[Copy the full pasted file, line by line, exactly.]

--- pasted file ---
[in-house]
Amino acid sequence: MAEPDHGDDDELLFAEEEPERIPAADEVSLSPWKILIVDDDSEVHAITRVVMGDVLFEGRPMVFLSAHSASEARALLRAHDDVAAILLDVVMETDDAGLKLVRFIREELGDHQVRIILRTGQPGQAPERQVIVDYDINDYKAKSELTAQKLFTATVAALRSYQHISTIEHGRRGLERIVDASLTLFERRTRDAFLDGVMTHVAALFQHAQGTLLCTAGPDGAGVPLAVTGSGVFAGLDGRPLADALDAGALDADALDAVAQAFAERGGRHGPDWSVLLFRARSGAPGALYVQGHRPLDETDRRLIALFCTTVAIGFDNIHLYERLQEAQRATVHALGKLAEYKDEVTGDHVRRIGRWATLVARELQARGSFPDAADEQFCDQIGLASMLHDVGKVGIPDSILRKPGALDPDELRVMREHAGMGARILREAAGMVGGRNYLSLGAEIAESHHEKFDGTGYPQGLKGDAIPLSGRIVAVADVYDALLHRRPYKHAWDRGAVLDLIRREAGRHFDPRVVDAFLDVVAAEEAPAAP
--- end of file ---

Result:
[in-house]
Amino acid sequence: MAEPDHGDDDELLFAEEEPERIPAADEVSLSPWKILIVDDDSEVHAITRVVMGDVLFEGRPMVFLSAHSASEARALLRAHDDVAAILLDVVMETDDAGLKLVRFIREELGDHQVRIILRTGQPGQAPERQVIVDYDINDYKAKSELTAQKLFTATVAALRSYQHISTIEHGRRGLERIVDASLTLFERRTRDAFLDGVMTHVAALFQHAQGTLLCTAGPDGAGVPLAVTGSGVFAGLDGRPLADALDAGALDADALDAVAQAFAERGGRHGPDWSVLLFRARSGAPGALYVQGHRPLDETDRRLIALFCTTVAIGFDNIHLYERLQEAQRATVHALGKLAEYKDEVTGDHVRRIGRWATLVARELQARGSFPDAADEQFCDQIGLASMLHDVGKVGIPDSILRKPGALDPDELRVMREHAGMGARILREAAGMVGGRNYLSLGAEIAESHHEKFDGTGYPQGLKGDAIPLSGRIVAVADVYDALLHRRPYKHAWDRGAVLDLIRREAGRHFDPRVVDAFLDVVAAEEAPAAP